The one thing that impressed me most is that the agent, Dean Petty, said that I can buy my parcel contingent upon drilling a potable well.
    In simple terms. If I can't pump drinkable water, they will let me swap for an equal value parcel that does have drinkable water.
    How much better can it get?
    I've never considered property to be an anchor before, always an investment. Unfortunately this county in TN is dying. Not gracefully either. Jobs are leaving by the herd. I've taken substandard employment just to have an income/insurance.
    So now I am held here until I can sell out, my home is the lowest priced one (as of yesterday) with the local Coldwell-Bankers & Realtors. But with half the county unemployed...
    If any of you snowbirds are retired/disabled (fixed/secure income) and wanna move south...
     
  10. HopiBuddha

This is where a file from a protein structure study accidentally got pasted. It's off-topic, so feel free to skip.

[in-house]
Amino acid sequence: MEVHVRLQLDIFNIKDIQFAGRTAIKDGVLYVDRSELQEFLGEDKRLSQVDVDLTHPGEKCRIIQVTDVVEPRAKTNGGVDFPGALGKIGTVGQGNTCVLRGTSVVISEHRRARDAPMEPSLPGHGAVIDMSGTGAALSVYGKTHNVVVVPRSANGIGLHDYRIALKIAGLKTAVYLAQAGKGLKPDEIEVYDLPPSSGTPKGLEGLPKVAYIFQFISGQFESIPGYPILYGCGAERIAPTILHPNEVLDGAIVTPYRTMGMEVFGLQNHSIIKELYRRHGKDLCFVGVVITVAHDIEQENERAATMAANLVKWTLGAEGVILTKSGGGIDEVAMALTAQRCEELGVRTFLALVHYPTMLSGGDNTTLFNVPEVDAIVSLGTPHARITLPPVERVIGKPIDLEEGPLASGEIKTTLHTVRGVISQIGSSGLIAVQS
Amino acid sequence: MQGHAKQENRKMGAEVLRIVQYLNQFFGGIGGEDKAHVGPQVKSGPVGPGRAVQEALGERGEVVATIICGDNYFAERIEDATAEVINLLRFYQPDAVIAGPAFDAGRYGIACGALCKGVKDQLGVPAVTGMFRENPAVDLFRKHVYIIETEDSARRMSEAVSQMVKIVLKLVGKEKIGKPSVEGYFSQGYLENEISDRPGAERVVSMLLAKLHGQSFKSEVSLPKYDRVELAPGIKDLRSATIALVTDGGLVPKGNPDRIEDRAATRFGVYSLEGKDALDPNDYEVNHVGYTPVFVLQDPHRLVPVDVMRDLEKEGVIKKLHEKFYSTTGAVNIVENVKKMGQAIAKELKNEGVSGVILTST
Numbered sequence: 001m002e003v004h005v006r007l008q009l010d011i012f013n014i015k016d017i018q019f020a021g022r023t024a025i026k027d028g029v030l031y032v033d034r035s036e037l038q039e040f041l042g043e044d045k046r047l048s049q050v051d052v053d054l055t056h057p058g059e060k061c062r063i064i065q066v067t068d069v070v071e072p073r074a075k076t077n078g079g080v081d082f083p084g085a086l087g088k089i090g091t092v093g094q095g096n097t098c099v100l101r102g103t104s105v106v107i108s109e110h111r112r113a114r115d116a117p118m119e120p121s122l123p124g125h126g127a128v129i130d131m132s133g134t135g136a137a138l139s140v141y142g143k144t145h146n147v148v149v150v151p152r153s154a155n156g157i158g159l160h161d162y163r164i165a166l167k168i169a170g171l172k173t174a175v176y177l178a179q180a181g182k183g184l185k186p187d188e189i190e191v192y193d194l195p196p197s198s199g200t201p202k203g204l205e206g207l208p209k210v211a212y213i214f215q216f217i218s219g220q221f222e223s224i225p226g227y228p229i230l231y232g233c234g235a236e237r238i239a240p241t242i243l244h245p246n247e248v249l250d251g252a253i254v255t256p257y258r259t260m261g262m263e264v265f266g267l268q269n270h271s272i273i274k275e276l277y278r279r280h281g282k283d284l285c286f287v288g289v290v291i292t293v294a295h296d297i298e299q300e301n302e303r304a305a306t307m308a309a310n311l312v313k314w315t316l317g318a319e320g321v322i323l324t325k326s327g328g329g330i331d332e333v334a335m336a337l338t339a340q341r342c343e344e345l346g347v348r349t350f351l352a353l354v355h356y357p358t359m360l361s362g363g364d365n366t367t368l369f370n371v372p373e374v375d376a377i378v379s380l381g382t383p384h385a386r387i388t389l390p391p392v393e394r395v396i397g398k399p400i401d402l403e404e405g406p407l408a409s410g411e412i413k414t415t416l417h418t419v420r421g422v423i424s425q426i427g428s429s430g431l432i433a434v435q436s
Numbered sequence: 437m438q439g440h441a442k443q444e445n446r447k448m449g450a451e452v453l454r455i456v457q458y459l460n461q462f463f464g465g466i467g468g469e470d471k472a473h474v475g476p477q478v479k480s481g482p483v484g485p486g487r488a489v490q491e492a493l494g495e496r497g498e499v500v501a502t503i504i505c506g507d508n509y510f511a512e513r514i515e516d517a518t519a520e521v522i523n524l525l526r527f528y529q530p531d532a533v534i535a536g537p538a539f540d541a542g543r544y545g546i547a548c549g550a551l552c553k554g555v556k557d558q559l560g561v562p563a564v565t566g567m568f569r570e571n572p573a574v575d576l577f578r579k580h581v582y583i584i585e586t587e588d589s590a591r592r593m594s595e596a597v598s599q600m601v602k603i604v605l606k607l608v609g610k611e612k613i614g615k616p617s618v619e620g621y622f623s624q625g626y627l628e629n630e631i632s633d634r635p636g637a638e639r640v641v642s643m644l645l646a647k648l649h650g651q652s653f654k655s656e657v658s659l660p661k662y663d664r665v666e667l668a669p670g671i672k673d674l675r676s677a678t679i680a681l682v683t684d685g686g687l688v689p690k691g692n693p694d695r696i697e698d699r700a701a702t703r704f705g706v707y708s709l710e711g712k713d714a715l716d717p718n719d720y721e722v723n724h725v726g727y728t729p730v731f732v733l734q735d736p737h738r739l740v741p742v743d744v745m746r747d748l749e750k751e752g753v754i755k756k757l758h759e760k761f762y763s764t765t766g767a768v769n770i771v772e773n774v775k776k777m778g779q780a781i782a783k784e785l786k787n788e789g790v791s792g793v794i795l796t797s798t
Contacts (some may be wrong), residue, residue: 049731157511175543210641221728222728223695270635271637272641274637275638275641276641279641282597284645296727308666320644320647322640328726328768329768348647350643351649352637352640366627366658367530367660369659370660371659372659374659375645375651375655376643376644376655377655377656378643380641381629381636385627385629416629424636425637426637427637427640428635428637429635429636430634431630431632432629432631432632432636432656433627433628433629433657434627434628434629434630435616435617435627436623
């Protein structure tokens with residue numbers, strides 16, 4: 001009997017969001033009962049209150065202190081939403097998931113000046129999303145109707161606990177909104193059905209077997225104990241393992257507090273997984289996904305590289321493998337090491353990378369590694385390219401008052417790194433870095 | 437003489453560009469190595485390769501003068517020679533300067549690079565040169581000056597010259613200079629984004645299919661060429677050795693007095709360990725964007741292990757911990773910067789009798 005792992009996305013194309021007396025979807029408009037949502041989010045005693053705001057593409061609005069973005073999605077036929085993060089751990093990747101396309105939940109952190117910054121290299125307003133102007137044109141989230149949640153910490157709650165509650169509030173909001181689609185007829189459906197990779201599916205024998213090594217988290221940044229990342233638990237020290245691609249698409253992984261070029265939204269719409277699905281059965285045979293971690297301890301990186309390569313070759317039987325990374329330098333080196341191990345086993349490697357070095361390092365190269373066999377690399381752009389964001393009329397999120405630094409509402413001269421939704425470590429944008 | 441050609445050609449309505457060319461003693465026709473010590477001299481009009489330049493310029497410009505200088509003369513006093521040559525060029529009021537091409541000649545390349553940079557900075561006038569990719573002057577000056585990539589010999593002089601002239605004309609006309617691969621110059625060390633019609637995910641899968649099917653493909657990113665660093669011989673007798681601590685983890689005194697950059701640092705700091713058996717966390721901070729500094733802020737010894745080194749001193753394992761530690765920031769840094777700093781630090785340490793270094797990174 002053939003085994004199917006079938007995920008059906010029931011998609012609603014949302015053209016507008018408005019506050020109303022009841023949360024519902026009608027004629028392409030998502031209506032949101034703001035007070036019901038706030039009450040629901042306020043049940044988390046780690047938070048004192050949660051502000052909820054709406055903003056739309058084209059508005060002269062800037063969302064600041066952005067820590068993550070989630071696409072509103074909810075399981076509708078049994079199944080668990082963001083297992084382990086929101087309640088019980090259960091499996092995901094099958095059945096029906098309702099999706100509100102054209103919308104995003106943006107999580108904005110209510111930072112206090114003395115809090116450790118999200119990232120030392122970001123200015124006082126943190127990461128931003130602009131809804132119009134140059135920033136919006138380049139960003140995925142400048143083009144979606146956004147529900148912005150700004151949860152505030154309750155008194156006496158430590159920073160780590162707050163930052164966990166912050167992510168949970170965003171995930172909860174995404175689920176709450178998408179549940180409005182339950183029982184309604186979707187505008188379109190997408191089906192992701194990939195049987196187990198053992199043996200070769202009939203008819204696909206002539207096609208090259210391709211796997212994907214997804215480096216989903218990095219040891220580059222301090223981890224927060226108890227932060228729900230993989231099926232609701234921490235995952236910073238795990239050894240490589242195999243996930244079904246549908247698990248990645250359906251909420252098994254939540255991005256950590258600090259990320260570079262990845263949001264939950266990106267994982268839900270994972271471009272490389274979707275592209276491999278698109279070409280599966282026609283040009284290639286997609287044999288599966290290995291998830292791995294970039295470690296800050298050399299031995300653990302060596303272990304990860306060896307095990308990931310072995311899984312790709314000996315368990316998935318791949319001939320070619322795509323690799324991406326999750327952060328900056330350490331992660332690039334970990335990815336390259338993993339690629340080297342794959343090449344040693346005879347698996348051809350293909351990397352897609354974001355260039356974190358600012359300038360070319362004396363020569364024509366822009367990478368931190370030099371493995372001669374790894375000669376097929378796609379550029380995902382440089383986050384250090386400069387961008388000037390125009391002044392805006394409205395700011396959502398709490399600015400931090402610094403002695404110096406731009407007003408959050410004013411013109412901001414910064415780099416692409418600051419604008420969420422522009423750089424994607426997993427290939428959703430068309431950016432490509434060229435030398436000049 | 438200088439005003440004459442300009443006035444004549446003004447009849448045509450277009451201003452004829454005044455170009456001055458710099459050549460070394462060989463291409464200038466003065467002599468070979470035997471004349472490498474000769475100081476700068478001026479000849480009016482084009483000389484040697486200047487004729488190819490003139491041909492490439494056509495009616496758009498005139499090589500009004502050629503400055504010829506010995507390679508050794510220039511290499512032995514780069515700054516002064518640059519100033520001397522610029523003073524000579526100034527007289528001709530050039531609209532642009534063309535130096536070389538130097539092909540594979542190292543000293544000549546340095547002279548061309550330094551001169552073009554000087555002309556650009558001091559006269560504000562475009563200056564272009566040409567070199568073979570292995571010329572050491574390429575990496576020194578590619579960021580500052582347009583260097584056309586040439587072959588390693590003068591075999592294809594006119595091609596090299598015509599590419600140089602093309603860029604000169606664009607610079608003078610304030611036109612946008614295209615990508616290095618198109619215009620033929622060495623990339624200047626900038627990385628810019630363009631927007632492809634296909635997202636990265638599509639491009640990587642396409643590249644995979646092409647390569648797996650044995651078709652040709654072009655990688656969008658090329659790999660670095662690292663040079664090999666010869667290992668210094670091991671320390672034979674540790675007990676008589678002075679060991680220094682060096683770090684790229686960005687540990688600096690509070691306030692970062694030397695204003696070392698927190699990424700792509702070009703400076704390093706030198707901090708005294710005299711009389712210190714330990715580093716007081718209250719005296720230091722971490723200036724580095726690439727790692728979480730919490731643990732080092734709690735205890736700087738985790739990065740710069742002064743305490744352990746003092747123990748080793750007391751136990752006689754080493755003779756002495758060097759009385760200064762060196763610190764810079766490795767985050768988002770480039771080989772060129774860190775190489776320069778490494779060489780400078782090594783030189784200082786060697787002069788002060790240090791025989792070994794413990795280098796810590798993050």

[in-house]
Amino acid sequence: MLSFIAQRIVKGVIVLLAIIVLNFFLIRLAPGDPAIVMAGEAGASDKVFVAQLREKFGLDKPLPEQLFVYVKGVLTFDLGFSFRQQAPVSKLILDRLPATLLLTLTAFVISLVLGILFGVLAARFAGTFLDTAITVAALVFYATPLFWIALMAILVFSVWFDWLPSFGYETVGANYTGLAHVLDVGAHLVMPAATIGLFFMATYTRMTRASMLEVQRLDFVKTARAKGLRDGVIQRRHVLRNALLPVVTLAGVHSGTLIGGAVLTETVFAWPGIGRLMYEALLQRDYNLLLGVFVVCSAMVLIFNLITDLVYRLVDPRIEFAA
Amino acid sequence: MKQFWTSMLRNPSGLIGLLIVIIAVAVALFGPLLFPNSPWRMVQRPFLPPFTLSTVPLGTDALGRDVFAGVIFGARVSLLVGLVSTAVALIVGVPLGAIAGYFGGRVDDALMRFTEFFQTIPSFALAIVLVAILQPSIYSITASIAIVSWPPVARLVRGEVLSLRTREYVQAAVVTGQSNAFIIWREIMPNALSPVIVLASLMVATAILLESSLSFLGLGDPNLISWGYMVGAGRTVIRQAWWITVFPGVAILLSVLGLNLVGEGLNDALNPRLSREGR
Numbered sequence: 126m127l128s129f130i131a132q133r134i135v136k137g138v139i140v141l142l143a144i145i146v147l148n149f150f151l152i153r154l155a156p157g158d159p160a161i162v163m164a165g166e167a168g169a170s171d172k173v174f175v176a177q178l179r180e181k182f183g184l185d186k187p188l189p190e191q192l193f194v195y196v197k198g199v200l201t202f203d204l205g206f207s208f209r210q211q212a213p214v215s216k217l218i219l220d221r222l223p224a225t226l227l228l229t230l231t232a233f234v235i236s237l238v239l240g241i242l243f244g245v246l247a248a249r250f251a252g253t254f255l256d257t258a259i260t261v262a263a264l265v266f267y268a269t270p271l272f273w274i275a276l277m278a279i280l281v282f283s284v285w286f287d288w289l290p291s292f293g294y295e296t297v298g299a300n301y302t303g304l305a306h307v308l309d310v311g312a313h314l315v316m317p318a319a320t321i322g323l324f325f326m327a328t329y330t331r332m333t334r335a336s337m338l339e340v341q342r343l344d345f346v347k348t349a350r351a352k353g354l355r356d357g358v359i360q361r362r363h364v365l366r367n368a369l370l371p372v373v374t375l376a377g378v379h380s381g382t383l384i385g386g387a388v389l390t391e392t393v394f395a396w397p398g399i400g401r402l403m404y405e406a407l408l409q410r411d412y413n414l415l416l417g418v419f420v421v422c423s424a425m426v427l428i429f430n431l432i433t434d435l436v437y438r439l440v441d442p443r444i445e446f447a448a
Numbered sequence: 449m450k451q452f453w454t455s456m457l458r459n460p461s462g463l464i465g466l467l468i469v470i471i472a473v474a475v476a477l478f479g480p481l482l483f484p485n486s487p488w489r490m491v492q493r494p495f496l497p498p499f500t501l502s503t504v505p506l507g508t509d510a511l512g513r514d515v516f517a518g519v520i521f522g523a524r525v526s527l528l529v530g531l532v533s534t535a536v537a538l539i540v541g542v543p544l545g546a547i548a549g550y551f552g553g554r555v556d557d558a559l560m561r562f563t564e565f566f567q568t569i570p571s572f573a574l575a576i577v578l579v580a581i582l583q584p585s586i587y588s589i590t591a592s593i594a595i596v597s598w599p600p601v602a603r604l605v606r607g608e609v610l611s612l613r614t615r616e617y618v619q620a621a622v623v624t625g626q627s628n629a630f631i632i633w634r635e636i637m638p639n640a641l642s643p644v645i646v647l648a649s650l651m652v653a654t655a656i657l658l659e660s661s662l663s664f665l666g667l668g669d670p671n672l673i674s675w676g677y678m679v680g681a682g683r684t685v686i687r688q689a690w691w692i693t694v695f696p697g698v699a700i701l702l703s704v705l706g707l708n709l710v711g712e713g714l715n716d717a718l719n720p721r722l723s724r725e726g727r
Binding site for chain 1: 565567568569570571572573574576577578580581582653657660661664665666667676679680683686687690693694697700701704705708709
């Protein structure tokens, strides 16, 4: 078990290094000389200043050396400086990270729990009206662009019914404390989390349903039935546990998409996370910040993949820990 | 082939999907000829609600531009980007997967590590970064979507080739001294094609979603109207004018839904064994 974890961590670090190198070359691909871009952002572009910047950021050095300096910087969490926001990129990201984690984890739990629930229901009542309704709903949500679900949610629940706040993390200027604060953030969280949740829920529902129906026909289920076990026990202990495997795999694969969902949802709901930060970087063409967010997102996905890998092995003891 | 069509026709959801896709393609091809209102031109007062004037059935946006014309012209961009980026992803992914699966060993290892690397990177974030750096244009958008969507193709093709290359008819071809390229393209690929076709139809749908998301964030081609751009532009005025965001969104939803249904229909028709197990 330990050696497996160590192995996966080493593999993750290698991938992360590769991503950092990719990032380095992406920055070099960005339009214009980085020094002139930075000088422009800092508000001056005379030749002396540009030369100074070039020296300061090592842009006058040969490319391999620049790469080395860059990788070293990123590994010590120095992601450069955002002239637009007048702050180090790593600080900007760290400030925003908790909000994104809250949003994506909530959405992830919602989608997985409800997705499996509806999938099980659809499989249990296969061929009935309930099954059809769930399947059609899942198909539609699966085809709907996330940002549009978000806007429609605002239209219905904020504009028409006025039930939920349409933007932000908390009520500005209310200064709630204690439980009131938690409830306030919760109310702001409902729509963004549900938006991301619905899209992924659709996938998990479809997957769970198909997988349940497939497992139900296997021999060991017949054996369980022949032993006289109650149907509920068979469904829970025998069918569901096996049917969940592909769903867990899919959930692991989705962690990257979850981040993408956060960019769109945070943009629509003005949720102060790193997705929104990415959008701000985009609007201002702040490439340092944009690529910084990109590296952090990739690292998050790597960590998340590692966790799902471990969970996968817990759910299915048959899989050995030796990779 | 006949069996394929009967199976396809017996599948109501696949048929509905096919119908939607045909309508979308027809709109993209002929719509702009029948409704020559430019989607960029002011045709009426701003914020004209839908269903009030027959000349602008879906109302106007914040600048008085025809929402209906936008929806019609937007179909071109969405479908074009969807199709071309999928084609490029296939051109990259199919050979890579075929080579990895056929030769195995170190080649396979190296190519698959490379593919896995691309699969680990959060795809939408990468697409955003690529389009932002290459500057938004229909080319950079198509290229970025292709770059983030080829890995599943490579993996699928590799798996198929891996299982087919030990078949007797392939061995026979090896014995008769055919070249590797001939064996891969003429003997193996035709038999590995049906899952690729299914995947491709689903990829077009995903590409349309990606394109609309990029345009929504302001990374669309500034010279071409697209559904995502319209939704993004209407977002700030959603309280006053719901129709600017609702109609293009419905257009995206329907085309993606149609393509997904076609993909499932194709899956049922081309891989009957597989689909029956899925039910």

HopiBuddha New Member

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    Wy0mn - Where at in Tennessee are you?

    Thanks!
    Darrell


     
  11. sisterpine

    sisterpine Goshen Farm Supporter

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    If this is the same Rocky Mountain Timberlands that have an office in Deer Lodge Montana they are decent folk. Dont know them at all well...but looked at some land they were offering during the past 10 years and they were pretty up front about disclosure etc. Most of the land in southwest montana has has the mineral rights sold and no one really know who too! In the past when the big copper pit in Butte was being worked the big companys at that time in the copper business purchased the mineral rights to millions of acres. I believe these rights have changed hands a dozen or so times and now 50 years later folks are at a loss. We just know our title cannot guarantee mineral rights cause they could not find who owned them.
     
  12. sisterpine

    sisterpine Goshen Farm Supporter

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    PS the land we bought in montana is "remote" ie. no services at all and we love it! no covenents either.